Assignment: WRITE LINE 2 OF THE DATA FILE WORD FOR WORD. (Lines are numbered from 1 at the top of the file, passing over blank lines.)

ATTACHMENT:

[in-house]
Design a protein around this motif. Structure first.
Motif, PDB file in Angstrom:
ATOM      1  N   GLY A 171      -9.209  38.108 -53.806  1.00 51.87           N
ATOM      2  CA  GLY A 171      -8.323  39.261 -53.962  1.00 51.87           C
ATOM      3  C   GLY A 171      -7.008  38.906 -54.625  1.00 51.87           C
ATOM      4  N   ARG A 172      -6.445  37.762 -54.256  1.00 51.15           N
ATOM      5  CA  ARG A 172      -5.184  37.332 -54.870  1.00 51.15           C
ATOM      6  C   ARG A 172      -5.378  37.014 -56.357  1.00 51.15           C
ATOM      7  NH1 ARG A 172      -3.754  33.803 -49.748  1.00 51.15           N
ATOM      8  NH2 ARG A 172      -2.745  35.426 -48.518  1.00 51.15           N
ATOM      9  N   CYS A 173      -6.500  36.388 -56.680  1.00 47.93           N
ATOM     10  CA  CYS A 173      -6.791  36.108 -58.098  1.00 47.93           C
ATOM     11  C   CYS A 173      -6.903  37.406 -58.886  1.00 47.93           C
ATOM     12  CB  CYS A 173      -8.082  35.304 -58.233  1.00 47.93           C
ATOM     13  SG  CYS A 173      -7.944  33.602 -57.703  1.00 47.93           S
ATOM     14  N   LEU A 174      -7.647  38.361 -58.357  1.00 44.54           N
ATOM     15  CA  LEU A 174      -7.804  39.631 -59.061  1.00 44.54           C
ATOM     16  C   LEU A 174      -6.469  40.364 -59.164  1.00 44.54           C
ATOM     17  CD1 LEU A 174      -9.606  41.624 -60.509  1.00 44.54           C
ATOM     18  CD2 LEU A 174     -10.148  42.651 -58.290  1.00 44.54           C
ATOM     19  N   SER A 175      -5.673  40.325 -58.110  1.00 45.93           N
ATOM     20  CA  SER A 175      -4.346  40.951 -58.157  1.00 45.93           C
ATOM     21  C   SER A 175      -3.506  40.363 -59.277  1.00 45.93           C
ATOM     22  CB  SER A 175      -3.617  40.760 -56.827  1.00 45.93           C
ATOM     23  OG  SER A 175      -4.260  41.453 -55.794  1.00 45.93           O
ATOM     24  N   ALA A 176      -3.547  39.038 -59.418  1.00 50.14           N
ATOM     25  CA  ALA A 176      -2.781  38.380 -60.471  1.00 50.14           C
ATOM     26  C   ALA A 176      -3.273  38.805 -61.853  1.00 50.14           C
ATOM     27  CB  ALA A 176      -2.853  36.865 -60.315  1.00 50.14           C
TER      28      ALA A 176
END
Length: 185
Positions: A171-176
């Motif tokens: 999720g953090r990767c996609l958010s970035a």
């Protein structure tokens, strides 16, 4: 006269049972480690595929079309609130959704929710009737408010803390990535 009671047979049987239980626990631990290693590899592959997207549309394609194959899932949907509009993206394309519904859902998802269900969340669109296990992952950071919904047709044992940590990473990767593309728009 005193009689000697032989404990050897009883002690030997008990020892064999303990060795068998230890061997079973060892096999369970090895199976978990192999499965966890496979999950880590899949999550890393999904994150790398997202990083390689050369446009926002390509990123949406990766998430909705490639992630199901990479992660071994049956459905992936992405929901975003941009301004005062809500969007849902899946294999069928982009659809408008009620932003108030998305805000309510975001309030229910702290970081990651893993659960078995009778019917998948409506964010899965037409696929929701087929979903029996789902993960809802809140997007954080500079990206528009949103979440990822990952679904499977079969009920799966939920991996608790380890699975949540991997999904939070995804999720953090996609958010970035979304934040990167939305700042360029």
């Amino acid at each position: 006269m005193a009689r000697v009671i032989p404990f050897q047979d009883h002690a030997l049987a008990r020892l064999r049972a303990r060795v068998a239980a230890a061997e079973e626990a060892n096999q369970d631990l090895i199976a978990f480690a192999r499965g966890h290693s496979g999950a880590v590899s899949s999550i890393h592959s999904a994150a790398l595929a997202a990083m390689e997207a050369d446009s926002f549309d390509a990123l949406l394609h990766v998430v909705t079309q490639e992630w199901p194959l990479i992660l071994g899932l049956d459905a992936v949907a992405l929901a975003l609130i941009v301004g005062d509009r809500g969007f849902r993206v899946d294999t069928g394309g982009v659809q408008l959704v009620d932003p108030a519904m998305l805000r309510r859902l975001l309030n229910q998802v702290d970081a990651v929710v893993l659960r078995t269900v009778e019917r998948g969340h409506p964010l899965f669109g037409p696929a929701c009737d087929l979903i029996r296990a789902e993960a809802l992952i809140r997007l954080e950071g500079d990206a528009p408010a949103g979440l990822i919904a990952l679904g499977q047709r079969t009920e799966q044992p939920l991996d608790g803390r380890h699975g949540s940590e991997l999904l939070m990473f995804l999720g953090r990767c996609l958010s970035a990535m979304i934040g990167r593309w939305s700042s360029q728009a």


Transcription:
Design a protein around this motif. Structure first.